Designers inspired by woolly thinking

Penny Ronald (second from left) with fellow young designers and  wool industry representatives...
Penny Ronald (second from left) with fellow young designers and wool industry representatives Craig Smith and Bay and Hamish de Lautour, in the Ngamatea Station woolshed. Photo supplied.
Penny Ronald has been doing a lot of woolly thinking lately.

Much of that occurred when she was in a woolshed at Ngamatea Station with a group of other up-and-coming architecture, interior, spatial, product and industrial designers.

Weekend in a Woolshed involved three days at the North Island station working in a studio set up in a woolshed. Campaign for Wool (CFW), with support from the Primary Wool Co-operative, immersed the group of nine in wool and challenged them to create and innovate.

In 2010, 14 international architects and interior designers visited New Zealand and their concepts were published in a book called Wool in Architecture and Interior Design.

It was a natural progression to bring the challenge to New Zealand's next leading designers of homes, commercial spaces, interior and industrial products, Studio Pacific Architecture director and CFW Wool in Architecture ambassador Stephen McDougall said.

Ms Ronald (21) is in her fourth year at Massey University, studying towards a bachelor of design degree, majoring in textile design, with honours, and wool was the reason she decided to study design.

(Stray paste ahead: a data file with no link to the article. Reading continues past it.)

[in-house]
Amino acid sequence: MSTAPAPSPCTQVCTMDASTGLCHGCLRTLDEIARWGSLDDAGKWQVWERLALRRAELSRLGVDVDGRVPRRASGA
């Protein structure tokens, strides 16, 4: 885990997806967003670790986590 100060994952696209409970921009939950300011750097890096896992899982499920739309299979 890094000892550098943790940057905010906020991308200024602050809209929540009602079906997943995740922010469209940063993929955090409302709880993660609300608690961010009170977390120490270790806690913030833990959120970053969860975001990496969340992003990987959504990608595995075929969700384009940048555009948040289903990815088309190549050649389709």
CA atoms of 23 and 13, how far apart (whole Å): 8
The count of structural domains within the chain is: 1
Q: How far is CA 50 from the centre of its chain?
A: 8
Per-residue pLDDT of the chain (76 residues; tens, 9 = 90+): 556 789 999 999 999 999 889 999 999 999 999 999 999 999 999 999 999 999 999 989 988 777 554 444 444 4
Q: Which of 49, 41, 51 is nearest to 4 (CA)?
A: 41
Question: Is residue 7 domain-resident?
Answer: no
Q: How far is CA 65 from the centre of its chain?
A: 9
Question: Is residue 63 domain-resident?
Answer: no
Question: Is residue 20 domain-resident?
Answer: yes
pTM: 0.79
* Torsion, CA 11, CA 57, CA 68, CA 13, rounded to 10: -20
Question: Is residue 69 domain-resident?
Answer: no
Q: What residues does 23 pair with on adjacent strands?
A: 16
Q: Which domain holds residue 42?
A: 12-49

She grew up on a sheep farm at Fairfax, Southland, and, for her parents, wool was a "by-product''.

She always wanted to change that.

"For me, Weekend in a Woolshed was a great way to start my fourth year of study. I found the hospitality, knowledge and stories of the farm ... to be really interesting and informative.

"I liked that sheep farming is not simply a method of producing wool but it is a lifestyle and the stories and the people are what is important, rather than the end product,'' she said.

Ngamatea, on the Napier-Taihape Rd, is home to 40,000 sheep, producing a clip of about 180,000kg of strong wool each year.

The "huge'' 18-stand woolshed was a little different from the two-stand woolshed she was used to at home, she said.

She enjoyed sitting on the tussock-covered hills, drawing the landscape, while the woolshed-turned-studio was an inspiring way to design.

Having a range of industry professionals there was also very helpful.

It was also interesting being involved in the event alongside a bunch of city folk and hearing what they had picked up on, things that she took for granted, having grown up on a farm.

"It was quite cool watching their reactions,'' she said.

Ms Ronald was also impressed to learn more about a product she had grown up with.

"I definitely feel like there is a lot of room for more wool in textile design/architecture and am excited to be a part of its future,'' she said.

CFW is an initiative of Prince Charles and the global education campaign is into its sixth year.

Campaign for Wool New Zealand Trust chairman Craig Smith was excited by their ideas for how wool could be used in homes and commercial spaces.

Those ideas would be revealed to a group of select people who might like to be an instrumental part of growing the future for strong wool by supporting the realisation of the ideas, Mr Smith said.

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